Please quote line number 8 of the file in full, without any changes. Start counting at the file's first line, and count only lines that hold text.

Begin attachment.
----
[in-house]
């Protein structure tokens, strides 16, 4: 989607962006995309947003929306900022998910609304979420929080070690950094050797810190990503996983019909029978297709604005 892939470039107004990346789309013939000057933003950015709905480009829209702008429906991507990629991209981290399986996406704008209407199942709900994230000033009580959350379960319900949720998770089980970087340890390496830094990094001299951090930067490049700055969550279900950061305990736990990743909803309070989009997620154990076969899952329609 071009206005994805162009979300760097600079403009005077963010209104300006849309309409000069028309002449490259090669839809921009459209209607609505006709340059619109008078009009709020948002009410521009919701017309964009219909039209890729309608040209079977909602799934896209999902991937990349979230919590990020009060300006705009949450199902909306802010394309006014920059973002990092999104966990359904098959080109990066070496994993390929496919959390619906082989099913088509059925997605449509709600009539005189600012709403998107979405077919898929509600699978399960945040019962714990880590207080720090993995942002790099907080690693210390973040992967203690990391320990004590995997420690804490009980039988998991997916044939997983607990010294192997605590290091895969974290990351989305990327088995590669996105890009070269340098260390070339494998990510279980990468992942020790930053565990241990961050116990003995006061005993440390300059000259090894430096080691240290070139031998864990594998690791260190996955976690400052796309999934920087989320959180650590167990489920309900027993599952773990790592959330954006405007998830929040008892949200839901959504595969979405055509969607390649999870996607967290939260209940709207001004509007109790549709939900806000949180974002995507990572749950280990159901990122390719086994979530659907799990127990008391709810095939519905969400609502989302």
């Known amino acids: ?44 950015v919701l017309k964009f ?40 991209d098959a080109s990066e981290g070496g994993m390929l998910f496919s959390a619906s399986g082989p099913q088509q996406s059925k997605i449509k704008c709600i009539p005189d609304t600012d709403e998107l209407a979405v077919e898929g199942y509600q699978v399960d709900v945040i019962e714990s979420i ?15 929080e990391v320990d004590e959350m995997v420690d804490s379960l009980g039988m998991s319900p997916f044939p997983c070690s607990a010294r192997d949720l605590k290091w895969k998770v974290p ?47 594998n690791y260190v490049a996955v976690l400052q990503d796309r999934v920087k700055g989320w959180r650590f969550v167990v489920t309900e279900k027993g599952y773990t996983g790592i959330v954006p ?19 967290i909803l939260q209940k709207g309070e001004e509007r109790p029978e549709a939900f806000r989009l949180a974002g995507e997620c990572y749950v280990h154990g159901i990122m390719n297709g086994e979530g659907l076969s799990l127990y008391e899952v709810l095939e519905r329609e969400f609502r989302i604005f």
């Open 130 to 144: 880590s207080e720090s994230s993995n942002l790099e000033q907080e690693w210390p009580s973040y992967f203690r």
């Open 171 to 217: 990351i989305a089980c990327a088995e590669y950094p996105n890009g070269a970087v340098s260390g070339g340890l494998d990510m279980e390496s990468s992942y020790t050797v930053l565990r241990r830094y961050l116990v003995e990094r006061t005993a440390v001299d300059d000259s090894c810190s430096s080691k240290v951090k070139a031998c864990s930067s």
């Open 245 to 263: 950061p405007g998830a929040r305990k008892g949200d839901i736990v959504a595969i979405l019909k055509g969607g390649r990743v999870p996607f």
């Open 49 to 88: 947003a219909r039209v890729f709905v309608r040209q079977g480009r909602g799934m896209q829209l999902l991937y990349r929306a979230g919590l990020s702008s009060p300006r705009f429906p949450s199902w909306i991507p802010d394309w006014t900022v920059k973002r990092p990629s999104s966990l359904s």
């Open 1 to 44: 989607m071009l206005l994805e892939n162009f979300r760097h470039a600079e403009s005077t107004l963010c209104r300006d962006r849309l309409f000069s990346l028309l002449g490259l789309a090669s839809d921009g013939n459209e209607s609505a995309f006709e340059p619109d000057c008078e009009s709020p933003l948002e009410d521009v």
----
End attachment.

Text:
């Open 1 to 44: 989607m071009l206005l994805e892939n162009f979300r760097h470039a600079e403009s005077t107004l963010c209104r300006d962006r849309l309409f000069s990346l028309l002449g490259l789309a090669s839809d921009g013939n459209e209607s609505a995309f006709e340059p619109d000057c008078e009009s709020p933003l948002e009410d521009v």